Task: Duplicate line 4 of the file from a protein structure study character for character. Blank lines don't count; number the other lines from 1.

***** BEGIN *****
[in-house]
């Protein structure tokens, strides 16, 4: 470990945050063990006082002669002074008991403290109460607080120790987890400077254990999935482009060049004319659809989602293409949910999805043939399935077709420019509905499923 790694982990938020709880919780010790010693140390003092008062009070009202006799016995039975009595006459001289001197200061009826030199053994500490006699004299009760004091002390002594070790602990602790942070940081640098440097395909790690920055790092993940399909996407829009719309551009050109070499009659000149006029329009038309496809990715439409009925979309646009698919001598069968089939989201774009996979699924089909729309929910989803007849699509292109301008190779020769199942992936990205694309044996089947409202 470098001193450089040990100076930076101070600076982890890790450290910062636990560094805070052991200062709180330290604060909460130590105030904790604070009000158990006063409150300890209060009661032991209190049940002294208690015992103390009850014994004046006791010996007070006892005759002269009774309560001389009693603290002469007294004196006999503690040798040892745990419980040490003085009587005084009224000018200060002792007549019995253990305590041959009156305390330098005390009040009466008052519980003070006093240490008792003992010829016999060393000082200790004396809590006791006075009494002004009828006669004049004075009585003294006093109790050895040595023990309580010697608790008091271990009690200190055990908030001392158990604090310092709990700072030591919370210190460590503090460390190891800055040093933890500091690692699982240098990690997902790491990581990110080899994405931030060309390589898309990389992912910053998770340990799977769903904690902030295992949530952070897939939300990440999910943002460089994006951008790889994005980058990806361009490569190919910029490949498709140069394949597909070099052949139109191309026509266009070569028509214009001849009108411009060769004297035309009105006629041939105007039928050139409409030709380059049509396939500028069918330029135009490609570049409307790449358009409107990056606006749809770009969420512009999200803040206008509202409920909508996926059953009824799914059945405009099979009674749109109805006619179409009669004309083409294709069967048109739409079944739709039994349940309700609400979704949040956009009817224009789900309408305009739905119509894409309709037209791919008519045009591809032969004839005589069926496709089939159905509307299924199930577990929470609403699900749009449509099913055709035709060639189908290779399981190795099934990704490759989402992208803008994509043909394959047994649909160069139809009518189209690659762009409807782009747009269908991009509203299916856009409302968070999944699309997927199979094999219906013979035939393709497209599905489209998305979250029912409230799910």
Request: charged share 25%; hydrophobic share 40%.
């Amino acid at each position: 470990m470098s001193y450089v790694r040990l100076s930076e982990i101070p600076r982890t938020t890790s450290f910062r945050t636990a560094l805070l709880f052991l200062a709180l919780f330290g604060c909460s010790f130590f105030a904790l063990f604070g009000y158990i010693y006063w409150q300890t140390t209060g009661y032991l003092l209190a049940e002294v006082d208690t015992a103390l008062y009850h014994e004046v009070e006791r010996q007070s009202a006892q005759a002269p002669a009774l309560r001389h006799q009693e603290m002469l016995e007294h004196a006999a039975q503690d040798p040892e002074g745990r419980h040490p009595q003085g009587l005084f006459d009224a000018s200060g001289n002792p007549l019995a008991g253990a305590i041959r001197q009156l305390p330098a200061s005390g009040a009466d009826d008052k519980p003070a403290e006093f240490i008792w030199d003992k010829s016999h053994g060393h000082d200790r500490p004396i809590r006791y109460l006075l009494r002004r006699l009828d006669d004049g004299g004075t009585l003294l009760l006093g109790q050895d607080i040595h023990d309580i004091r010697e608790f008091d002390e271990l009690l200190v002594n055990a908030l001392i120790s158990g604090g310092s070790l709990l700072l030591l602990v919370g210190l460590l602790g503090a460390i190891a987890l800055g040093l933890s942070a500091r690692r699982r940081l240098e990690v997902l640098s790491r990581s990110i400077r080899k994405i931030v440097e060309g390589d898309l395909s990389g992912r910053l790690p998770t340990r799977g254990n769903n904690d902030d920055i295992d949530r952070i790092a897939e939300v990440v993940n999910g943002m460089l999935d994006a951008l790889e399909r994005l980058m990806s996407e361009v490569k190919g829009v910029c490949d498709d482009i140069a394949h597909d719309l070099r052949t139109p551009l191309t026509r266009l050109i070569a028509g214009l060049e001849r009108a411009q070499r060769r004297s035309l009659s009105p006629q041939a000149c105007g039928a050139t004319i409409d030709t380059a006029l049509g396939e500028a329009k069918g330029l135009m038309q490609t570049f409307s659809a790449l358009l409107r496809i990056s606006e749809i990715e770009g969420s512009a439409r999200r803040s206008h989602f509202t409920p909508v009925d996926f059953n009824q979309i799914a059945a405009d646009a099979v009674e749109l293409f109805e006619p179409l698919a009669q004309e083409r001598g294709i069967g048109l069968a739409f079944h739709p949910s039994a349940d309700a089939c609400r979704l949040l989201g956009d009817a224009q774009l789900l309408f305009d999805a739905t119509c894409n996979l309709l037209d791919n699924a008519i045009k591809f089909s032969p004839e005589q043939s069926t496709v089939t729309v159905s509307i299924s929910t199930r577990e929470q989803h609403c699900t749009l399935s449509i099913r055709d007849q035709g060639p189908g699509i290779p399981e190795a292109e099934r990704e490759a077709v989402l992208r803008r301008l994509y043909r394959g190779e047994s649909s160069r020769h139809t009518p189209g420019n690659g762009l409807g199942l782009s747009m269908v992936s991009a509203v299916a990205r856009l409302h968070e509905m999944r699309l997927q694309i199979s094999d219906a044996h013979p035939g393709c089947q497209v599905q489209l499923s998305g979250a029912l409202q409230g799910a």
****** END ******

């Amino acid at each position: 470990m470098s001193y450089v790694r040990l100076s930076e982990i101070p600076r982890t938020t890790s450290f910062r945050t636990a560094l805070l709880f052991l200062a709180l919780f330290g604060c909460s010790f130590f105030a904790l063990f604070g009000y158990i010693y006063w409150q300890t140390t209060g009661y032991l003092l209190a049940e002294v006082d208690t015992a103390l008062y009850h014994e004046v009070e006791r010996q007070s009202a006892q005759a002269p002669a009774l309560r001389h006799q009693e603290m002469l016995e007294h004196a006999a039975q503690d040798p040892e002074g745990r419980h040490p009595q003085g009587l005084f006459d009224a000018s200060g001289n002792p007549l019995a008991g253990a305590i041959r001197q009156l305390p330098a200061s005390g009040a009466d009826d008052k519980p003070a403290e006093f240490i008792w030199d003992k010829s016999h053994g060393h000082d200790r500490p004396i809590r006791y109460l006075l009494r002004r006699l009828d006669d004049g004299g004075t009585l003294l009760l006093g109790q050895d607080i040595h023990d309580i004091r010697e608790f008091d002390e271990l009690l200190v002594n055990a908030l001392i120790s158990g604090g310092s070790l709990l700072l030591l602990v919370g210190l460590l602790g503090a460390i190891a987890l800055g040093l933890s942070a500091r690692r699982r940081l240098e990690v997902l640098s790491r990581s990110i400077r080899k994405i931030v440097e060309g390589d898309l395909s990389g992912r910053l790690p998770t340990r799977g254990n769903n904690d902030d920055i295992d949530r952070i790092a897939e939300v990440v993940n999910g943002m460089l999935d994006a951008l790889e399909r994005l980058m990806s996407e361009v490569k190919g829009v910029c490949d498709d482009i140069a394949h597909d719309l070099r052949t139109p551009l191309t026509r266009l050109i070569a028509g214009l060049e001849r009108a411009q070499r060769r004297s035309l009659s009105p006629q041939a000149c105007g039928a050139t004319i409409d030709t380059a006029l049509g396939e500028a329009k069918g330029l135009m038309q490609t570049f409307s659809a790449l358009l409107r496809i990056s606006e749809i990715e770009g969420s512009a439409r999200r803040s206008h989602f509202t409920p909508v009925d996926f059953n009824q979309i799914a059945a405009d646009a099979v009674e749109l293409f109805e006619p179409l698919a009669q004309e083409r001598g294709i069967g048109l069968a739409f079944h739709p949910s039994a349940d309700a089939c609400r979704l949040l989201g956009d009817a224009q774009l789900l309408f305009d999805a739905t119509c894409n996979l309709l037209d791919n699924a008519i045009k591809f089909s032969p004839e005589q043939s069926t496709v089939t729309v159905s509307i299924s929910t199930r577990e929470q989803h609403c699900t749009l399935s449509i099913r055709d007849q035709g060639p189908g699509i290779p399981e190795a292109e099934r990704e490759a077709v989402l992208r803008r301008l994509y043909r394959g190779e047994s649909s160069r020769h139809t009518p189209g420019n690659g762009l409807g199942l782009s747009m269908v992936s991009a509203v299916a990205r856009l409302h968070e509905m999944r699309l997927q694309i199979s094999d219906a044996h013979p035939g393709c089947q497209v599905q489209l499923s998305g979250a029912l409202q409230g799910a």